Ordinances that penalize homeless persons for performing activities necessary for life, such as eating or sleeping, may violate the Eighth Amendment right to be free from cruel and unusual punishment. See Anderson v. Portland, 2009 U.S. Dist. LEXIS 67519 (D. Or. 2009); Catron v. City of St. Petersberg, 2009 U.S. Dist LEXIS 112268 (MD. Fla. 2009). In addition, forcing homeless people to either leave the City or face arrest due to lack of shelter space could violate
their constitutional right to travel. See Pottinger v. City of Miami, 810 F. Supp. 1551 (S.D. Fla. 1992).
Finally, the ACLU of Colorado is well aware ofthe frustration that Occupy Denver has caused the City and the nearby business community. However, Denver cannot adopt an ordinance that creates restrictive policies on speech just because it does not like how people are using a public space. Recently, in an unreported case, the ACLU of Tennessee was successful in enjoining an ordinance that the City of Nashville adopted that regulated activity that could take place in public spaces. Like here, the rules Nashville intended to implement were adopted after the Occupy protests began and after a great deal of frustration was expressed about the Occupy protests and the protestors themselves. Occupy Nashville v. Haslam, et al. (M.D. Tenn. 2011). The federal judge enjoined the rules because they violated the free speech rights of the Occupy protestors.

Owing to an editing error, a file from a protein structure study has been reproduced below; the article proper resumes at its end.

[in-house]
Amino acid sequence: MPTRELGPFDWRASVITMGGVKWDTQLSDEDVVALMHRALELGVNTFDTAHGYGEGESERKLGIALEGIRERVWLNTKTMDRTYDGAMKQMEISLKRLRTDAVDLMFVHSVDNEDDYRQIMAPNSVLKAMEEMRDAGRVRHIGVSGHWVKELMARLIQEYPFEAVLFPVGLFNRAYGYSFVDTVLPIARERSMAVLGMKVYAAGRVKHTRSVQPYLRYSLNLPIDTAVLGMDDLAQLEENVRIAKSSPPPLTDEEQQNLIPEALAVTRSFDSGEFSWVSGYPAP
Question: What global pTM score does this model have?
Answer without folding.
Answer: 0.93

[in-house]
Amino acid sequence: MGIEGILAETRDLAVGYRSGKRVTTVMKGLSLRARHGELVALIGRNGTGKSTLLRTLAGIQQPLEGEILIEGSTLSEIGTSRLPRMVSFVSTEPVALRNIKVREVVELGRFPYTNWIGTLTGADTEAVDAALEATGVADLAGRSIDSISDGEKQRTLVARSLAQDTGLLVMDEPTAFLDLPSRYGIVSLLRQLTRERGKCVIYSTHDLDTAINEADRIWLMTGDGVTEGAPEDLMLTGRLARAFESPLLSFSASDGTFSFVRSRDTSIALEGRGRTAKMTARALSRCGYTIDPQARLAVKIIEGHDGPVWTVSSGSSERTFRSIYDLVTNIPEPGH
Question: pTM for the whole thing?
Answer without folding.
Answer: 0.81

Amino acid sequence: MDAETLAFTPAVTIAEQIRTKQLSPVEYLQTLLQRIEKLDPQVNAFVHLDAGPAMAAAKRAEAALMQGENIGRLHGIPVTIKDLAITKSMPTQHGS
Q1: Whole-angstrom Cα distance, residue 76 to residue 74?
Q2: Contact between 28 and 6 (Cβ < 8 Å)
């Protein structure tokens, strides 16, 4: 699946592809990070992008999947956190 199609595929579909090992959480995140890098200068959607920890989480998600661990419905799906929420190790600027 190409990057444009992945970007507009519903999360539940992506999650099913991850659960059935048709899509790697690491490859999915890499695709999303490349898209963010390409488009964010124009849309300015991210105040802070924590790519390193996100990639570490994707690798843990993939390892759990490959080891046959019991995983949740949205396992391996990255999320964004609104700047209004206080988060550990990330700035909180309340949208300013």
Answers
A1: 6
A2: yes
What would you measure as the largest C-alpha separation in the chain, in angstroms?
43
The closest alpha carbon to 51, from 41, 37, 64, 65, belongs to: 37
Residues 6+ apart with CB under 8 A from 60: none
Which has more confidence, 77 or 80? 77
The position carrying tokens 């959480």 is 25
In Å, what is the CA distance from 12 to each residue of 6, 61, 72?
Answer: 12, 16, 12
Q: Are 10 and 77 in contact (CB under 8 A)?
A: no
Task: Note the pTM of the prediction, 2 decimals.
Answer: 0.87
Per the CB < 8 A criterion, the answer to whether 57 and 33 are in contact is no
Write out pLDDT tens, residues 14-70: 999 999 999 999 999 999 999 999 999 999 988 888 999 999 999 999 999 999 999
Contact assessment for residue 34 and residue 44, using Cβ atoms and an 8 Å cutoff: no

ACLU of Colorado underscores that it shares the goals of the City, the downtown Denver business community and Denver residents generally to reduce homelessness and sleeping in our public right-of-Ways and streets. Councilman Brooks has repeatedly stated his Willingness to look at alternatives to an enforcement approach that will reduce the number of homeless individuals sleeping in public.
There are several alternatives and they have proven successful in the cities Where they have been implemented. ,F or example, Portland, Oregon initiated the development of an innovative bathroom that remains open 24 hours a day. Other cities allow religious organizations and other willing organizations to set up temporary encampments for the homeless up to a certain occupancy rate. In Minneapolis, criminalization cost the City $1,440,807 in one year alone.
Facing these high costs, the County developed a plan that emphasized all but enforcement. In each of these cities, homelessness has decreased, long term solutions are implemented and the public has supported city’s efforts.
Denver can do better than a criminalization approach. This Ordinance is not the proper means to solve any homeless problem. The ACLU of Colorado asks that you reject this Ordinance, re-evaluate its terms and Work with all relevant stakeholders to address the true crisis of homelessness in our City.
Denise S. Mae
Public Policy Director, ACLU of Colorado